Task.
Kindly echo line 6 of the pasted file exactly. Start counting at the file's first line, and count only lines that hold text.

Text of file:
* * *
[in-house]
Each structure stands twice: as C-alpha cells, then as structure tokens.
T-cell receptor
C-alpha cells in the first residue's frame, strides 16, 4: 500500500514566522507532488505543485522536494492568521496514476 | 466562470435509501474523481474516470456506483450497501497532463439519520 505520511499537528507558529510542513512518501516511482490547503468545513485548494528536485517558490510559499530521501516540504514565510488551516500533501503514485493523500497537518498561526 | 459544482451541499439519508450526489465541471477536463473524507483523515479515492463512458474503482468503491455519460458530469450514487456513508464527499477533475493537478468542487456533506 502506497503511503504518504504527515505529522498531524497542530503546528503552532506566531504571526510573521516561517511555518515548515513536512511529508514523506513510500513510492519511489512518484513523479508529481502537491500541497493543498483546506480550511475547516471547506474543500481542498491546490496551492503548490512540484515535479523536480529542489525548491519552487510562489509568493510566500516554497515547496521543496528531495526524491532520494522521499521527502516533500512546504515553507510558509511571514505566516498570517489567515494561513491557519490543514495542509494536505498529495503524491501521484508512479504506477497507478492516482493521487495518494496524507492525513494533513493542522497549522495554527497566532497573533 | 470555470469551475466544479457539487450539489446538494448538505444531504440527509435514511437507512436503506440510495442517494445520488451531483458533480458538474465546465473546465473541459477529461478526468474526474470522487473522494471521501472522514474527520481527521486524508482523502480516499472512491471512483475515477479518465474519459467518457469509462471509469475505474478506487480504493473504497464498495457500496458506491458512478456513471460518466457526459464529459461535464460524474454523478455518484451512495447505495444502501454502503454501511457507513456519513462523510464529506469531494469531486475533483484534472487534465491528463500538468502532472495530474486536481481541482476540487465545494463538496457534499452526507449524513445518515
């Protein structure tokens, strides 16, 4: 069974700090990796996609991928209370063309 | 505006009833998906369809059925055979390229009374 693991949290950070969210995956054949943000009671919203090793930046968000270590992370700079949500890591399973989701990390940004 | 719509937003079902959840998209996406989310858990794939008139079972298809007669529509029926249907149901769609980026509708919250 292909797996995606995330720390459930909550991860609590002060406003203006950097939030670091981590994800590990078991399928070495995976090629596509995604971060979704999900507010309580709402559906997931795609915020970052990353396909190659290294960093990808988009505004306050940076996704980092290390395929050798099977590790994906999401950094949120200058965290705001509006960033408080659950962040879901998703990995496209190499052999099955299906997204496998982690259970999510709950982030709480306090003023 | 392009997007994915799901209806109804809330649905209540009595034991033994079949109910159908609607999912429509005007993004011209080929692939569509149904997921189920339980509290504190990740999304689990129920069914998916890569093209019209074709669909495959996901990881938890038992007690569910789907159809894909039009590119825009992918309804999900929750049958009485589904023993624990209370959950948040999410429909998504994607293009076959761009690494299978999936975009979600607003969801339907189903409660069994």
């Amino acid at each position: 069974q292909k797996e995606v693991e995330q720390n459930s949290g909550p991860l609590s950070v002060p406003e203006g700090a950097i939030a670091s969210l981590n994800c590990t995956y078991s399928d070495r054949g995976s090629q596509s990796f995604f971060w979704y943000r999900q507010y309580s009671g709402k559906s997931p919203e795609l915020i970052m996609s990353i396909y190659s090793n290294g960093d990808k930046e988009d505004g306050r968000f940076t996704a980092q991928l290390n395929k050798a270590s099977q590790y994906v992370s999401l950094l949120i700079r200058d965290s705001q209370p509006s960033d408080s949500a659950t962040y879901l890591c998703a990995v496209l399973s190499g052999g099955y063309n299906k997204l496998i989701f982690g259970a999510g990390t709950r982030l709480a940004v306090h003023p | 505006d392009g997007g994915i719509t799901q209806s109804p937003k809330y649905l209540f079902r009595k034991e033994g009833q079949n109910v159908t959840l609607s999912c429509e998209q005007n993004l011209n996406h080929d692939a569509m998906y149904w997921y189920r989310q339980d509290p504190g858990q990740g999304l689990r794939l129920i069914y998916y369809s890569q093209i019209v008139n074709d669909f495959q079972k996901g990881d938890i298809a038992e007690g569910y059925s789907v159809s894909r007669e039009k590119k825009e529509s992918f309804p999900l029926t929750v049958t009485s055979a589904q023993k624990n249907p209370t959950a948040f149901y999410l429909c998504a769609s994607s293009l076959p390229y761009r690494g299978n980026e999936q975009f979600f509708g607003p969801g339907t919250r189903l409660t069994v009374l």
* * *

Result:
């Amino acid at each position: 069974q292909k797996e995606v693991e995330q720390n459930s949290g909550p991860l609590s950070v002060p406003e203006g700090a950097i939030a670091s969210l981590n994800c590990t995956y078991s399928d070495r054949g995976s090629q596509s990796f995604f971060w979704y943000r999900q507010y309580s009671g709402k559906s997931p919203e795609l915020i970052m996609s990353i396909y190659s090793n290294g960093d990808k930046e988009d505004g306050r968000f940076t996704a980092q991928l290390n395929k050798a270590s099977q590790y994906v992370s999401l950094l949120i700079r200058d965290s705001q209370p509006s960033d408080s949500a659950t962040y879901l890591c998703a990995v496209l399973s190499g052999g099955y063309n299906k997204l496998i989701f982690g259970a999510g990390t709950r982030l709480a940004v306090h003023p | 505006d392009g997007g994915i719509t799901q209806s109804p937003k809330y649905l209540f079902r009595k034991e033994g009833q079949n109910v159908t959840l609607s999912c429509e998209q005007n993004l011209n996406h080929d692939a569509m998906y149904w997921y189920r989310q339980d509290p504190g858990q990740g999304l689990r794939l129920i069914y998916y369809s890569q093209i019209v008139n074709d669909f495959q079972k996901g990881d938890i298809a038992e007690g569910y059925s789907v159809s894909r007669e039009k590119k825009e529509s992918f309804p999900l029926t929750v049958t009485s055979a589904q023993k624990n249907p209370t959950a948040f149901y999410l429909c998504a769609s994607s293009l076959p390229y761009r690494g299978n980026e999936q975009f979600f509708g607003p969801g339907t919250r189903l409660t069994v009374l």